Celestial Lands The Religious Crossroads of Politics, Power, and Theology

The Iron Law of Human Self-Interest

In 1994 I was injured in a training accident in the U.S. Army. I fell out of a helicopter simulator during fast-rope training and broke my tailbone. For a little over a week I was bedridden, unable to sit and in deep pain when I walked.

One of my fellow sergeants who was a bit older and more experienced than I gave me a present… a box of musty old philosophy books. I have always been an avid reader, but before this it was of Science Fiction. That box of books changed my life, because I had nothing better to do that week but read, and I was out of SciFi. Among the titles were “Meditations” by Marcus Aurelius, “The Republic” by Plato, and “The Age of Reason” by Thomas Paine, among many others. I like to joke that “The Age of Reason” should be sold with a warning label cautioning young people questioning their lives and faith to “read only with care and mature adult supervision”.

One of the titles in that box that has had a deep impact upon me was a small book titled “What is Man?” by Mark Twain. The book is structured as a conversation between “Old Man” and “Young Man”. You realize very quickly that this is Twain trying to have who he was at a young age speak with who he is when he is writing the book. Though I do not know if I would accept the label “Old Man” just yet, I know that I have had that same kind of conversation in my mind from time to time… if I could tell the me who was 21 a few things, what would they be?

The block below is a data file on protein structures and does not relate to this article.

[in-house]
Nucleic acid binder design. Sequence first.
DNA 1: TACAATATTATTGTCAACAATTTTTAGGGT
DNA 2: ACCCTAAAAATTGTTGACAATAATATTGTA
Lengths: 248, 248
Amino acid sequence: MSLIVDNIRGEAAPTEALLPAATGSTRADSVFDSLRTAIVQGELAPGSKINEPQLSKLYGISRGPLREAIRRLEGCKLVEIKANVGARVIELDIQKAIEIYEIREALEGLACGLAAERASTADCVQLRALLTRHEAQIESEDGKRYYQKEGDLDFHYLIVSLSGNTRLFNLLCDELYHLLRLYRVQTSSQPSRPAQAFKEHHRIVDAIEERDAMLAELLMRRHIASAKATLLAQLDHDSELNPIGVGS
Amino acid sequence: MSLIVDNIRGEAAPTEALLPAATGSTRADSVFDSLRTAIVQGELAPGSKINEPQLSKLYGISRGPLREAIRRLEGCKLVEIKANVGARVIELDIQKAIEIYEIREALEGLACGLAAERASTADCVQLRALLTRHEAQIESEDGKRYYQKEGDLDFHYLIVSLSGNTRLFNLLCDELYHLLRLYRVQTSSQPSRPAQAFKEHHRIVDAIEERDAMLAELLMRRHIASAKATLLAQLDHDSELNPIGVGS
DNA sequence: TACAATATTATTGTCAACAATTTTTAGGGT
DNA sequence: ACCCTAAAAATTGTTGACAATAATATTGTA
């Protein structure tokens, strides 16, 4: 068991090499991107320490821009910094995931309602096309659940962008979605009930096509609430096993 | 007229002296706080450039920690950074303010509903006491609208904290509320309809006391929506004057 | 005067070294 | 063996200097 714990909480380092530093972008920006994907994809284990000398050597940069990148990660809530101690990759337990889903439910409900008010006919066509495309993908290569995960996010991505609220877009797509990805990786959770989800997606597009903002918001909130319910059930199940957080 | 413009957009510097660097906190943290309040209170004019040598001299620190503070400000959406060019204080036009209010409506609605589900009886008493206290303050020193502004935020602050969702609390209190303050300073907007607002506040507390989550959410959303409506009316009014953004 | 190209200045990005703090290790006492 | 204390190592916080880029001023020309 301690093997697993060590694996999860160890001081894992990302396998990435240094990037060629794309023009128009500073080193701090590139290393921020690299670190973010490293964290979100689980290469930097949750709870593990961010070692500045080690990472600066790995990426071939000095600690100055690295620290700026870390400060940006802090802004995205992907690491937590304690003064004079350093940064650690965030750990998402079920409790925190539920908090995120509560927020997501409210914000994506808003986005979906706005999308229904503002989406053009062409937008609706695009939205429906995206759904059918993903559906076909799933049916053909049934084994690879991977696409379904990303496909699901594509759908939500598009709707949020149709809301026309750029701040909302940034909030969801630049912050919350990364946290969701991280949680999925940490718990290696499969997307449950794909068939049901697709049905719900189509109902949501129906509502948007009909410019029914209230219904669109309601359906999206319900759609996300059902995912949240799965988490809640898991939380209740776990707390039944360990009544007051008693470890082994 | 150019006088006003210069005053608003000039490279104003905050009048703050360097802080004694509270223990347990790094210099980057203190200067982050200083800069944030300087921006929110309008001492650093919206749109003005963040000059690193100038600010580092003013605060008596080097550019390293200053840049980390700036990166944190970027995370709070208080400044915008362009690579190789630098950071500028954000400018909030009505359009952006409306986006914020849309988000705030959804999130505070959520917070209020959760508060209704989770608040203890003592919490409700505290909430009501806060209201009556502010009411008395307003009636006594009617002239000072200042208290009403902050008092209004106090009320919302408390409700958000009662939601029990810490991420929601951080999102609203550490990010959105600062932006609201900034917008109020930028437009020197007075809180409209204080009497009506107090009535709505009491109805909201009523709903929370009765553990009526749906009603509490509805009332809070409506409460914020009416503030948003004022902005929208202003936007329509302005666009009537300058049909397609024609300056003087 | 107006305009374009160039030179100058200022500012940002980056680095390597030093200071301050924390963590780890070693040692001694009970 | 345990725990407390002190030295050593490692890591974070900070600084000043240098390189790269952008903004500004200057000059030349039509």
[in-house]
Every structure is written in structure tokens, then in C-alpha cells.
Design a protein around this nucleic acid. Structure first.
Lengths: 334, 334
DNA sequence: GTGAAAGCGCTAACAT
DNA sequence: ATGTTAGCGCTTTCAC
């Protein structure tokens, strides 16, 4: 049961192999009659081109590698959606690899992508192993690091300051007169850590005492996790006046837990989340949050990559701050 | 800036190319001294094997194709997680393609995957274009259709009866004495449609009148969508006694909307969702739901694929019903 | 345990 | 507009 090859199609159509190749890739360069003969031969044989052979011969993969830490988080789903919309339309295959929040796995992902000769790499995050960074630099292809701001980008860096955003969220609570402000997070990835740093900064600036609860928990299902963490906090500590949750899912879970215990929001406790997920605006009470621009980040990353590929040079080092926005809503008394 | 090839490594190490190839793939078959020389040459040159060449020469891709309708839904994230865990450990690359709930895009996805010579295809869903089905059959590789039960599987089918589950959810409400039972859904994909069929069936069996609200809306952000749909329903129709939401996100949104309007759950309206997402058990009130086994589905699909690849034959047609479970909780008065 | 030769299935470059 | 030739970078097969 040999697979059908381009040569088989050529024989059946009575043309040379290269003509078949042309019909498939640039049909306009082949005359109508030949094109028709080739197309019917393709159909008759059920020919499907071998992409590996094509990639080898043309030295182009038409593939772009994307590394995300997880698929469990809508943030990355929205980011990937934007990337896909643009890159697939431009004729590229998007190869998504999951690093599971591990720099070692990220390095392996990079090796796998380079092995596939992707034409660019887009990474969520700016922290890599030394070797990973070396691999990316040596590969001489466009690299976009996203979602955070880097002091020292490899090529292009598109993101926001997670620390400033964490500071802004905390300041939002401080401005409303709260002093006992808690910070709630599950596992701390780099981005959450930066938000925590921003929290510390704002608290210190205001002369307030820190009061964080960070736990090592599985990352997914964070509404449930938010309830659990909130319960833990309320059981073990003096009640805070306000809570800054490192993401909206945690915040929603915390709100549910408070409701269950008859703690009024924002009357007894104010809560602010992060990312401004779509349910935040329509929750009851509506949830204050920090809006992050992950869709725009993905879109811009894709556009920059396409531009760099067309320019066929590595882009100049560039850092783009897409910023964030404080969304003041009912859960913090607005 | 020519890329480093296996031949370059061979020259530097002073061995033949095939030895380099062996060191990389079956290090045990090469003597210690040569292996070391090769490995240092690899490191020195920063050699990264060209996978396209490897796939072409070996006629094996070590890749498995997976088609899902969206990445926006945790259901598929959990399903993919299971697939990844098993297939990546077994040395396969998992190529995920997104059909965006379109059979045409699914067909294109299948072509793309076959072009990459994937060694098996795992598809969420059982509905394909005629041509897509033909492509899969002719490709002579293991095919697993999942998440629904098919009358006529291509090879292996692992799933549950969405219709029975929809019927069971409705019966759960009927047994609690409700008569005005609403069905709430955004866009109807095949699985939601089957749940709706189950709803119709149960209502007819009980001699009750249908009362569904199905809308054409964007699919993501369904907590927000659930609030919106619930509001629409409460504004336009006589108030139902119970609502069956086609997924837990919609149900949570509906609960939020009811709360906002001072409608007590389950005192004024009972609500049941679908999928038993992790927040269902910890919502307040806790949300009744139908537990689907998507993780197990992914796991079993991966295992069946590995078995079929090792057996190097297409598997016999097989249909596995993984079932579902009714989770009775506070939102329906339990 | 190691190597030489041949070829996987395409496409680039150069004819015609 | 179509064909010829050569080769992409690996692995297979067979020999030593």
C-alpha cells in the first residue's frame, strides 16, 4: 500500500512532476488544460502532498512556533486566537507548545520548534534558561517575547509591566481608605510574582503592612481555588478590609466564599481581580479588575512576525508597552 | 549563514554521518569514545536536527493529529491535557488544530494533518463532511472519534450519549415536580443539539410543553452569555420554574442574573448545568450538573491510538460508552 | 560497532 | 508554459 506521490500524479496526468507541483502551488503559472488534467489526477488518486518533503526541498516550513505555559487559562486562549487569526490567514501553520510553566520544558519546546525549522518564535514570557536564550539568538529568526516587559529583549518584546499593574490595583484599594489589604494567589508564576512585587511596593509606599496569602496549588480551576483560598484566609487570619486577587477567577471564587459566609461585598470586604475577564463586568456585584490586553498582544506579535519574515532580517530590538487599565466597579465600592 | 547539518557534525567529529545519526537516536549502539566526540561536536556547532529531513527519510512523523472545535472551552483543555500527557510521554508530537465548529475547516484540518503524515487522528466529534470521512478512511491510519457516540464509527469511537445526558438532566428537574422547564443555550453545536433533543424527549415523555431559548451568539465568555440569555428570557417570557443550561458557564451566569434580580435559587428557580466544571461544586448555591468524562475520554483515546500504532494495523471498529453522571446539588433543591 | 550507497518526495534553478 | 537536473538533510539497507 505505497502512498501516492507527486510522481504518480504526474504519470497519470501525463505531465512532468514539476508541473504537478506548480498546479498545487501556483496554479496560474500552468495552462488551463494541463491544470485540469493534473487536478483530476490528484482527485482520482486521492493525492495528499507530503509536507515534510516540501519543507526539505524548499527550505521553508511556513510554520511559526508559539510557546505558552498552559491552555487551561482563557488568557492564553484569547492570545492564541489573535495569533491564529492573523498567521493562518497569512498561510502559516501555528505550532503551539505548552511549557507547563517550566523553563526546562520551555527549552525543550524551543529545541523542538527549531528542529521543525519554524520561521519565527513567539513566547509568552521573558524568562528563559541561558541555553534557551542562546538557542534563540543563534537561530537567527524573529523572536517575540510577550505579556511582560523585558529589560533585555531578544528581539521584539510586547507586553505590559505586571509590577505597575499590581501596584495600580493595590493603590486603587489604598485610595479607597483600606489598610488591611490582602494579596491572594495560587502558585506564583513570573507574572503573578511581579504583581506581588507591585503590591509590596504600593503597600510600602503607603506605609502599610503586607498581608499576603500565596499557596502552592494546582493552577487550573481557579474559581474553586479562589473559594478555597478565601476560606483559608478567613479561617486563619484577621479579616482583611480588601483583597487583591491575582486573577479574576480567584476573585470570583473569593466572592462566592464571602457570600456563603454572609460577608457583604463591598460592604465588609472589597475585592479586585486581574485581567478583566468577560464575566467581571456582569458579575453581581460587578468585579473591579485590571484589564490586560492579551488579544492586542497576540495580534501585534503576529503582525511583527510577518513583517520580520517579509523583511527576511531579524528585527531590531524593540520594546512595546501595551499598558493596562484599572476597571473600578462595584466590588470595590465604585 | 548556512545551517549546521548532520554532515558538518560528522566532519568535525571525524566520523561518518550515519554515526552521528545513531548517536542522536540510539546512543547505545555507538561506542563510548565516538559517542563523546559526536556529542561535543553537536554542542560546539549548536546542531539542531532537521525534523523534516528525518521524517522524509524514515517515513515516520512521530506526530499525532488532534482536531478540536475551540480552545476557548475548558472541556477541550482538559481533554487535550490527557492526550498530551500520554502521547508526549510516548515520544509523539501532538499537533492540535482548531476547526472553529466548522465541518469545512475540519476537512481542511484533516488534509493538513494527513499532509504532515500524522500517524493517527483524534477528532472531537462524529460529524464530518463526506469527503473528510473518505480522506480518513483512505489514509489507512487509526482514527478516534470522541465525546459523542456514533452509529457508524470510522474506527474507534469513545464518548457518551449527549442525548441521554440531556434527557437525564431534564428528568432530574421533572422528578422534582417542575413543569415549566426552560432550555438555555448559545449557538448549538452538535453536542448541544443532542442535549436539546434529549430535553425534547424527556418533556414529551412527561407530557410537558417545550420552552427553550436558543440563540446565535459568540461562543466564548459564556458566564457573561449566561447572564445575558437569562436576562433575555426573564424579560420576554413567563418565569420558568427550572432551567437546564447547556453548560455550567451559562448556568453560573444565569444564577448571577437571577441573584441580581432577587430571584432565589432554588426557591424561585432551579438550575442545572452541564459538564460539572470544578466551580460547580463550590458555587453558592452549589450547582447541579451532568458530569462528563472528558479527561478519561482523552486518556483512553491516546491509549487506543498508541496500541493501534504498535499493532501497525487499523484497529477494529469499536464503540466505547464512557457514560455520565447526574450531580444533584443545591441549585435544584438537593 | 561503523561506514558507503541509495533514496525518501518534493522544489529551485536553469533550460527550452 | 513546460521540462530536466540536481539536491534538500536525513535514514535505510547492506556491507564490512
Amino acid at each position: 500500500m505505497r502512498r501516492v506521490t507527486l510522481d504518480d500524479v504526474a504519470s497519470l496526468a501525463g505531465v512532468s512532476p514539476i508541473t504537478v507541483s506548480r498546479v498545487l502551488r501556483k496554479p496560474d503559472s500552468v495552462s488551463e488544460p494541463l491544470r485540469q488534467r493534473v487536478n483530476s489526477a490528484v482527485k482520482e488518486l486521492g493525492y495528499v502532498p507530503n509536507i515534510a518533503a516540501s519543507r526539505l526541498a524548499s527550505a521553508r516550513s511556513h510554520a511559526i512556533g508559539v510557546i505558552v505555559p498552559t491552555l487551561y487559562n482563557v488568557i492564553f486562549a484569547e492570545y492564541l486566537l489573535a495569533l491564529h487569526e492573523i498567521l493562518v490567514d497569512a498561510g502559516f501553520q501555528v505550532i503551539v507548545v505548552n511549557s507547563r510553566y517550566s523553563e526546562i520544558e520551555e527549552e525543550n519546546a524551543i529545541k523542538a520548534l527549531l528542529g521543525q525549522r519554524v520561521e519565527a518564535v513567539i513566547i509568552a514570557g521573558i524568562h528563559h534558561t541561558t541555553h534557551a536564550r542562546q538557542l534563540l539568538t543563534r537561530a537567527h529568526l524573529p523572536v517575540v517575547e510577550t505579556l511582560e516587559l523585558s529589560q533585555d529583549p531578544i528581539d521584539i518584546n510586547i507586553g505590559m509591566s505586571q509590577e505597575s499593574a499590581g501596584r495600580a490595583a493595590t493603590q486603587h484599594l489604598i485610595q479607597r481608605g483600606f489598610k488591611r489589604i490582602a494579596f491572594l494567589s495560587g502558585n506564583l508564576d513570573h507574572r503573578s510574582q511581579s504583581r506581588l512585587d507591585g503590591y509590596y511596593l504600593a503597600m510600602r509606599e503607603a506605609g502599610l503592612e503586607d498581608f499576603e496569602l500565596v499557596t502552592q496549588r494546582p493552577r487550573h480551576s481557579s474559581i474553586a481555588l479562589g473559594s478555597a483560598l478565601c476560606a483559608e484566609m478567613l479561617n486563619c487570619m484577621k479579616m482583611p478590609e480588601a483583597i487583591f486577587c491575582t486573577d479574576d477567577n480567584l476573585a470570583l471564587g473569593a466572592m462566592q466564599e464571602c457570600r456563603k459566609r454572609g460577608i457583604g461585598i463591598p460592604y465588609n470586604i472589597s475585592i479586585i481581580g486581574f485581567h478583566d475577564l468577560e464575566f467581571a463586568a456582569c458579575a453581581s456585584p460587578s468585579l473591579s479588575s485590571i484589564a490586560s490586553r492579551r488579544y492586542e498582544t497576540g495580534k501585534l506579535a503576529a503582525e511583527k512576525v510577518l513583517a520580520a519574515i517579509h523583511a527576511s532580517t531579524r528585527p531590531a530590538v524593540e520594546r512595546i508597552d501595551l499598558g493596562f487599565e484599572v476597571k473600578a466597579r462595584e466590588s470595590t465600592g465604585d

One of the things that Twain’s Old Man tells Twain’s Young Man is that everything a human being does in his or her life, they do based upon what they perceive their self-interest to be. Twain calls this “The Iron Law of Human Self-Interest”. When I first read it as at the ripe young age of 21, I remember thinking “Gawd, what a horrible way to think of human beings!”. Young Man in the book reacted the same way.

The basic premise of Twain’s Iron Law is that in every instance, in every moment, every conscious and unconscious decision made by a human being is made based upon what that human being perceives, in that moment, to be in their self-interest. On its face, the absolute nature with which Twain forms his law would seem to belie the truth of it… there are times when humans act against their self-interest all around us, aren’t there?

The keys to Twain’s formulation of the law lies around the idea of “perceived self-interest” and realizing that each of us has not one set of values and interests, but rather a hierarchy or order of values and interests. (These are my interpretations and terms, not necessarily the words Twain uses.)

In order to see how the Iron Law of Human Self-Interest is acting in someone’s life, you have to see and understand how they perceive their values and interests in that particular moment. An action that might on the outside seem against someone’s self-interest only seems that way because we each have a different ordering of values and interests from which we operate. When we make a judgment that someone is acting against their self-interest, we are making that judgment through the lens of our order of values, not theirs. When someone perceives that they may be acting against their own self-interest, they are actually experiencing a conflict between what they would like their order of values to be and what it actually is.